Will IoT’s growth hit a chipset wall?
Forecasts of the number of IoT devices that will be deployed in the foreseeable future indicate healthy growth, but there are very wide variations and the “experts” employ different timeframes. For example: 18 billion by 2022; 26 billion by 2020; 75 billion by 2025 and 125 billion by 2030. And once upon a time Ericsson and Cisco were forecasting 50 billion connected devices by 2020. The latter stat was probably responsible for the sky-high expectations for IoT’s potential, says Bob Emmerson.
The current round of forecasts should really be seen as general agreement on the future direction of IoT, which is very positive. Moreover these projections will change over time and different experts define the IoT in different ways. However, if a business needs to base critical IoT related investment decisions now then these forecasts can skew business plans by tens of billions in either direction. And that is the dilemma that chipsets manufacturers are currently facing.
Time is running out according to Ville Ylläsjärvi, who is chief marketing officer and member of the Board of Haltian Oy. Haltian is a Finnish company based in Oulu, which is 150km south of the Arctic Circle. They are very active in the IoT space, working on mesh network installations for various industries as well as the development of cellular IoT devices.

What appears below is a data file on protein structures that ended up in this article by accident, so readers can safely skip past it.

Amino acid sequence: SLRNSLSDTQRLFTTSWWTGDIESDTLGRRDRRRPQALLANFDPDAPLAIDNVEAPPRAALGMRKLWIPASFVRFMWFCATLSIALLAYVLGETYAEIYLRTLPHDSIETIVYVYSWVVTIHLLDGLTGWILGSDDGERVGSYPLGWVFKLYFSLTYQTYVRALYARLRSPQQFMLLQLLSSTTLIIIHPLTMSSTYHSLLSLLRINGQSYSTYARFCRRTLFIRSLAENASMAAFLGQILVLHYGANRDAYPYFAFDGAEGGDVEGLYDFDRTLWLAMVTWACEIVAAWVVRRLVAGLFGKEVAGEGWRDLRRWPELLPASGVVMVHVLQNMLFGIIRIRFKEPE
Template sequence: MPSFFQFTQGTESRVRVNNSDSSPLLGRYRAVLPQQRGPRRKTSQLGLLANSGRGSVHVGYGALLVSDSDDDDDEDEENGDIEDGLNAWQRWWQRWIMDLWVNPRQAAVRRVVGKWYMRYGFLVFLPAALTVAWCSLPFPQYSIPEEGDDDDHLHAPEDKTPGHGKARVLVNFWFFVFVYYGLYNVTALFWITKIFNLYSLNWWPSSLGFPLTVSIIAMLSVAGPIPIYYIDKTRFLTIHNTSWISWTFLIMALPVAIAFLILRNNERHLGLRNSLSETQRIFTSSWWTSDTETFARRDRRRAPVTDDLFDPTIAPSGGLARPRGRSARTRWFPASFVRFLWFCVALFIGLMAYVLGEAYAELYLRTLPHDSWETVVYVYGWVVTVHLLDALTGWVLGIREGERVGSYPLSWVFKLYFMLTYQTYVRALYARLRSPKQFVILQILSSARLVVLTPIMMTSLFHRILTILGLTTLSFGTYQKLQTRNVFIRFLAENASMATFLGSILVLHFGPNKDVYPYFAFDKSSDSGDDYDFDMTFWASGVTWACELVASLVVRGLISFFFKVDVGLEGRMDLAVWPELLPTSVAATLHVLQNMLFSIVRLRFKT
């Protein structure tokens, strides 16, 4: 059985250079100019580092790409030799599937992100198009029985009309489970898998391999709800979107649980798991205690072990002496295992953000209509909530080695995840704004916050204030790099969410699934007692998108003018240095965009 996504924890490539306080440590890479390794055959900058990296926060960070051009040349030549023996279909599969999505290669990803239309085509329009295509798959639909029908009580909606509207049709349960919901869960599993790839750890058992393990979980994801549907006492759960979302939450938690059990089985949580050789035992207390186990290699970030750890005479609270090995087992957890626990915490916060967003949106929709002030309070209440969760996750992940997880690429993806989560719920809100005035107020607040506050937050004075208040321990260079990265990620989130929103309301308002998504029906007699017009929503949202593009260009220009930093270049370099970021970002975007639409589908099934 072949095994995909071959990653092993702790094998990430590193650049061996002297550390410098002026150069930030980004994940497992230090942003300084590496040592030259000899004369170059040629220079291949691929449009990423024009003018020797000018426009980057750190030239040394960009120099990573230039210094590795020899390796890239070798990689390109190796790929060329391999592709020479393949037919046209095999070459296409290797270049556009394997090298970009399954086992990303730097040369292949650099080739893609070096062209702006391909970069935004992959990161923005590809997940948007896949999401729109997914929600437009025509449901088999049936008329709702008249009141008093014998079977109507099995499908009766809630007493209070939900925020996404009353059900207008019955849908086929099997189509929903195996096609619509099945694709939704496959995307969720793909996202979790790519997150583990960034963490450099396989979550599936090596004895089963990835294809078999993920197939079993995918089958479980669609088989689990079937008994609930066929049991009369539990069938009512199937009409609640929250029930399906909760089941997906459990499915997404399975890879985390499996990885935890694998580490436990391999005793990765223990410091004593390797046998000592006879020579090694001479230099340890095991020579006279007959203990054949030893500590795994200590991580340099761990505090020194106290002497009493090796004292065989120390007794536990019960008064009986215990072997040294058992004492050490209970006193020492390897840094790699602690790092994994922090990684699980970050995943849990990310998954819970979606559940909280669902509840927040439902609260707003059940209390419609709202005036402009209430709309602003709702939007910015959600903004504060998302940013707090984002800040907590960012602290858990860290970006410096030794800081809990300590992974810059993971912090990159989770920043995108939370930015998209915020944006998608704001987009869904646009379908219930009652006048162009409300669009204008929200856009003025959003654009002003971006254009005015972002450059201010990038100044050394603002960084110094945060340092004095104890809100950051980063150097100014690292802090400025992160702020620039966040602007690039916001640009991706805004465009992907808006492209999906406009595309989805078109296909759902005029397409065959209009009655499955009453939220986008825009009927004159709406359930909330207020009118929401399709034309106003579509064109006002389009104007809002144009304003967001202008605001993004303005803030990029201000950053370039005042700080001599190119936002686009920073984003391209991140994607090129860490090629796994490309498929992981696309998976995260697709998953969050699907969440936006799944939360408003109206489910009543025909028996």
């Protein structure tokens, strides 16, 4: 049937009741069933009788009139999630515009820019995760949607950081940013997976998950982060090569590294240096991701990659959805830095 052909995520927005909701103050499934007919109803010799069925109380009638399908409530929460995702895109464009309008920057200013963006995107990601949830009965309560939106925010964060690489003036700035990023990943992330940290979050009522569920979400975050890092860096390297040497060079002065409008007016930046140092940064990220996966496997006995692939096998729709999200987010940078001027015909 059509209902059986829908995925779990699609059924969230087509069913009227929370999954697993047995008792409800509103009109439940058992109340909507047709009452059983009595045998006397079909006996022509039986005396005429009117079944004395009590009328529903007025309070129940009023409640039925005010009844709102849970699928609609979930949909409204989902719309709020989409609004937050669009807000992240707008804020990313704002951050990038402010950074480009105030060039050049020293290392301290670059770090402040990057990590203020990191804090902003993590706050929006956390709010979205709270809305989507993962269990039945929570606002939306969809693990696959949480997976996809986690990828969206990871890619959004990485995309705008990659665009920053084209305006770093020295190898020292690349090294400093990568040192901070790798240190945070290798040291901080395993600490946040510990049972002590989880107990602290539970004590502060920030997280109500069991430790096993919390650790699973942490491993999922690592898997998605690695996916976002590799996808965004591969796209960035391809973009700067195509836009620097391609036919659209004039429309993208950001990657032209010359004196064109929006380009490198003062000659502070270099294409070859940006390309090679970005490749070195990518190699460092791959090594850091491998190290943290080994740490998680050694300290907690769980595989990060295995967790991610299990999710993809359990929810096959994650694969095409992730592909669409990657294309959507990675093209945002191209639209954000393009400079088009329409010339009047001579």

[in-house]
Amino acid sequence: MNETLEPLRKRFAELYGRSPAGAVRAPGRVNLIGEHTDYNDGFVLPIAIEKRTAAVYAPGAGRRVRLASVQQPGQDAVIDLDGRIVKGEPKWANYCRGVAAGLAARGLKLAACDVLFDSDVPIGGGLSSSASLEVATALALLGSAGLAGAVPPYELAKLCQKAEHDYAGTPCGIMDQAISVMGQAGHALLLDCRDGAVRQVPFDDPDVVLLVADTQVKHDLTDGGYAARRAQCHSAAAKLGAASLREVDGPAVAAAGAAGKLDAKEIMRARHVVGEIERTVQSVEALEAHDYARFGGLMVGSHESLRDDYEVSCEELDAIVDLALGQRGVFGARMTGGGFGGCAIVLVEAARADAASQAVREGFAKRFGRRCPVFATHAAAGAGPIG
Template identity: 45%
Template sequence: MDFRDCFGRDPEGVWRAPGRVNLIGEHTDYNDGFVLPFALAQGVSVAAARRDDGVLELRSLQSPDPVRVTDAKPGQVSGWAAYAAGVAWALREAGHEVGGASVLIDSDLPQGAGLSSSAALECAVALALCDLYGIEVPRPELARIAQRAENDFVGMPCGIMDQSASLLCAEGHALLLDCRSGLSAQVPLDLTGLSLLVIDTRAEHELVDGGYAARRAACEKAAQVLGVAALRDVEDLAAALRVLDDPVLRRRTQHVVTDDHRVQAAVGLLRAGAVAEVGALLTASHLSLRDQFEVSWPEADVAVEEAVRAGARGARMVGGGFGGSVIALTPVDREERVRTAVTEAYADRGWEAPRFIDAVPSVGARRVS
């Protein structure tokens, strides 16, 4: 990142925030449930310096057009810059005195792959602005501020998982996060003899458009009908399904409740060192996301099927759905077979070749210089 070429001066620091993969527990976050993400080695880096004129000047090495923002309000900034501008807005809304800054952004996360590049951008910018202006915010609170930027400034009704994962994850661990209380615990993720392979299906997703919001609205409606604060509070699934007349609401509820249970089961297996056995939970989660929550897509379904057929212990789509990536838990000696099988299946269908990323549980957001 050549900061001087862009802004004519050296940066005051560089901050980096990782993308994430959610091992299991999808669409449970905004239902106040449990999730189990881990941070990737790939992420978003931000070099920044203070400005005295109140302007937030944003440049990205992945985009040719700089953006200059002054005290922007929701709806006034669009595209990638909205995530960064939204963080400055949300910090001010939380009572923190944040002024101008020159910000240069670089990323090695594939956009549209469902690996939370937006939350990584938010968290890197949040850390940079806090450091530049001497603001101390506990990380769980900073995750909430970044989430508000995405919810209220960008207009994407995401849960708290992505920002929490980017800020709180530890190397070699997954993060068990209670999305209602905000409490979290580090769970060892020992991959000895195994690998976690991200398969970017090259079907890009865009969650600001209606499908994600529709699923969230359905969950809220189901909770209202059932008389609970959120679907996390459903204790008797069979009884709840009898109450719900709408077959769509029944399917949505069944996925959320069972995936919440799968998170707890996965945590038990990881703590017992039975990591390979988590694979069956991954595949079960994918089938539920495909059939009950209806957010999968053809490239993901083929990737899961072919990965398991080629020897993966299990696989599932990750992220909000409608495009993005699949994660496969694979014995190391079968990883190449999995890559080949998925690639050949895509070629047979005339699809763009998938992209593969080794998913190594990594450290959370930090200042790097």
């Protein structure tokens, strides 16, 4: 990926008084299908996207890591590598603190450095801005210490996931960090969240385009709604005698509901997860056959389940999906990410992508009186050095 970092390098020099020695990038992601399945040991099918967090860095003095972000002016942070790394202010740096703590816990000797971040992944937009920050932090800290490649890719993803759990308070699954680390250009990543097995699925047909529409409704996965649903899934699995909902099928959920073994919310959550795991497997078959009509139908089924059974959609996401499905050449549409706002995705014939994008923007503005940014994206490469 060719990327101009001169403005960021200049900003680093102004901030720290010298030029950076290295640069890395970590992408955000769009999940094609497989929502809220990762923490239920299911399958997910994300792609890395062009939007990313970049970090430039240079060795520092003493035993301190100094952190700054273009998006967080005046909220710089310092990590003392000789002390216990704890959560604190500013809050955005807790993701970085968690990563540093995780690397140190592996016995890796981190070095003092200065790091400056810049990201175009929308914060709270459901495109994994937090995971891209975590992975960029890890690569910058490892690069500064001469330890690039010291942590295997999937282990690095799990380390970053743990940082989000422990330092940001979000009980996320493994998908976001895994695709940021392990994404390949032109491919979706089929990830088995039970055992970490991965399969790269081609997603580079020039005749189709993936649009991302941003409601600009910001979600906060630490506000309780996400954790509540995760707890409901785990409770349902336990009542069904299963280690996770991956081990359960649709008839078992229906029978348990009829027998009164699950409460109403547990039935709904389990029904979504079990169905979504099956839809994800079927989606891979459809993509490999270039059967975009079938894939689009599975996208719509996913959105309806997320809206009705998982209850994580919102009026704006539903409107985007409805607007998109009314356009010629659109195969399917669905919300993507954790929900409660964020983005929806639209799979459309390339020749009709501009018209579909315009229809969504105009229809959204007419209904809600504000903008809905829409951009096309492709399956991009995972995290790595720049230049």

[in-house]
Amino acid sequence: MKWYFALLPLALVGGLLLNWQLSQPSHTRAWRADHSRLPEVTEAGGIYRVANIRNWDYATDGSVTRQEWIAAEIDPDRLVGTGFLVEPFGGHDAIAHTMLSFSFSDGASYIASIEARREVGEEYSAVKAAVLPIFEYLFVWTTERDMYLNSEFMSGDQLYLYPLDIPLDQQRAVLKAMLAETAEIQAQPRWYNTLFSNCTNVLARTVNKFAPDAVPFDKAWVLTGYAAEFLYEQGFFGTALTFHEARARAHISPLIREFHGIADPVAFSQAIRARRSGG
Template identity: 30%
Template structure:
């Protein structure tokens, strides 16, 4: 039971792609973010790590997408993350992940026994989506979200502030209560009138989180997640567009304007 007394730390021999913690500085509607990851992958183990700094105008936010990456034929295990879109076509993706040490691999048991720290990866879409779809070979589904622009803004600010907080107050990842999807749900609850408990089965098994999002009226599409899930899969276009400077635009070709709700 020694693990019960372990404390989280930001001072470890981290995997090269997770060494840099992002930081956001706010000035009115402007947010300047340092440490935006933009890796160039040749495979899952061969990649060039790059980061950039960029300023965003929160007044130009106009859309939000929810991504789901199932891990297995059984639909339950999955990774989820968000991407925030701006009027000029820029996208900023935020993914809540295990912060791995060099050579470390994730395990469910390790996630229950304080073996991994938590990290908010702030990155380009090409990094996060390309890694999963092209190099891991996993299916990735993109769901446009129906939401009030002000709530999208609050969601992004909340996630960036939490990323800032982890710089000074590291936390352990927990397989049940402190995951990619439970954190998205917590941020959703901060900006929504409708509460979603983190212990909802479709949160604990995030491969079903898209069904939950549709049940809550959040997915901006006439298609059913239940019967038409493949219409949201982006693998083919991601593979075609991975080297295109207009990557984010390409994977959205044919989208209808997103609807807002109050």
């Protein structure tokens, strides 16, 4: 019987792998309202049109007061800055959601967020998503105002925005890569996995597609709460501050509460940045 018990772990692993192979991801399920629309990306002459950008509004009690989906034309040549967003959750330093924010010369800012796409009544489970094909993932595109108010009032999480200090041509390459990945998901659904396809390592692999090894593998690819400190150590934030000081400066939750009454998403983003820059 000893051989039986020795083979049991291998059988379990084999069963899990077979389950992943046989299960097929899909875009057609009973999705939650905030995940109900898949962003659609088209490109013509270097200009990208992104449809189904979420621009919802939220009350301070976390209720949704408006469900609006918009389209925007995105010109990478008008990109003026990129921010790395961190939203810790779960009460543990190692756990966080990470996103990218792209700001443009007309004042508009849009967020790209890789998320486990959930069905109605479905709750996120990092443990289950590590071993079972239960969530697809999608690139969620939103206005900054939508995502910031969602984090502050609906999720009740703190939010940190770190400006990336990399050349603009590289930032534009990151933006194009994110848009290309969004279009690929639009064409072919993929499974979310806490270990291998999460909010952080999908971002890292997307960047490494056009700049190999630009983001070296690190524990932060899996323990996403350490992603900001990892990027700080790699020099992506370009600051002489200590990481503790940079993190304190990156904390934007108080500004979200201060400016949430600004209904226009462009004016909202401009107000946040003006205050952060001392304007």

Ville highlights the fact that market research company IHS Markit’s forecast of more than 75 billion smart devices in use by 2025 represents a 400% increase over the roughly 15 billion devices in use today. Therefore manufacturers must build microchips at a rate six times greater than has ever been produced since Texas Instruments first developed them in 1958.
Currently chip manufacturers simply do not have the capacity to meet tomorrow’s IoT demands. Unless they start ramping up their investments now, the full potential of the IoT business is unlikely to be realised by 2025 or any year close to it. However, aside from capacity issues, there is another issue. Which connectivity technology should the chipset employ? Will the market end up favouring LTE-M or NB-IoT?
Altair Semiconductor believes most Western countries as well as the larger markets will eventually employ both technologies, the choice being determined by the application. Moreover dual mode modules that support both NB-IoT and LTE-M are being marketed. For example, Murata, a manufacturer of electronics components and solutions, has announced that it will employ Altair’s dual-mode CAT-M1/NB1 chipset.
LTE-M or NB-IoT: What’s the difference?
LTE (aka 4G) is distinguished from earlier networks by a combination of efficiency and flexibility. Efficiency comes from a simplified, flat, all-IP architecture. Flexibility is realised by a digital modulation technology that allows bandwidth to be assigned in a very flexible way and this allows network operators to market a wide range of services, which include very low-bit rate services for use in IoT solutions, i.e. NB-IoT and LTE-M.